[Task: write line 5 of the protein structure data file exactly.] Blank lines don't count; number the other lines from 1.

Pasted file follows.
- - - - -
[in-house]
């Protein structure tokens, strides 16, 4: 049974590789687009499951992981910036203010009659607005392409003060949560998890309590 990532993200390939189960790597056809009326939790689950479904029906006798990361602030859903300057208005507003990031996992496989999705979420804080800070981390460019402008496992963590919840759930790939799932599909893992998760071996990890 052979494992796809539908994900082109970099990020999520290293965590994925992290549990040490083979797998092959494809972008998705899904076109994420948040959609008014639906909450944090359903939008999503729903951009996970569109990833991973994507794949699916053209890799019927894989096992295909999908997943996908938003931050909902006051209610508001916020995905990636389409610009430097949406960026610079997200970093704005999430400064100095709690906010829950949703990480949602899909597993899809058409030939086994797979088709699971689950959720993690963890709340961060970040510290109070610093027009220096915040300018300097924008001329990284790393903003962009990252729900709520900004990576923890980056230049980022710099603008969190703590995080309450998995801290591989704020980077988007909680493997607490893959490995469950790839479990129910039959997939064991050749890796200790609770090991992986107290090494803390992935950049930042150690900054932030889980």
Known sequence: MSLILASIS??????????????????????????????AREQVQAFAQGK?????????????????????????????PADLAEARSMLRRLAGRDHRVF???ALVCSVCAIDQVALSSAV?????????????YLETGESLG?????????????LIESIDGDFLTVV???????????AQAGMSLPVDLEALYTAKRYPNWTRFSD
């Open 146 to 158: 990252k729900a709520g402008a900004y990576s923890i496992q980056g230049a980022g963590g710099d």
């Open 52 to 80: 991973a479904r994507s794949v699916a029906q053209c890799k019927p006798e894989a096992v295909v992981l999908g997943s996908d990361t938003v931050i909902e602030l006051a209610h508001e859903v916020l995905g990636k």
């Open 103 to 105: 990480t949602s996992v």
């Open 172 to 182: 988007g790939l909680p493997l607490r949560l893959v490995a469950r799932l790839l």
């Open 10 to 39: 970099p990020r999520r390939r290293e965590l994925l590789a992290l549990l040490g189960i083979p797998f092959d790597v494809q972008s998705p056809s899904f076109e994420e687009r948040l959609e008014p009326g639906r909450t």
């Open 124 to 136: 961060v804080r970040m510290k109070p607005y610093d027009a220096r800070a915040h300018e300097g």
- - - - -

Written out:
């Open 52 to 80: 991973a479904r994507s794949v699916a029906q053209c890799k019927p006798e894989a096992v295909v992981l999908g997943s996908d990361t938003v931050i909902e602030l006051a209610h508001e859903v916020l995905g990636k």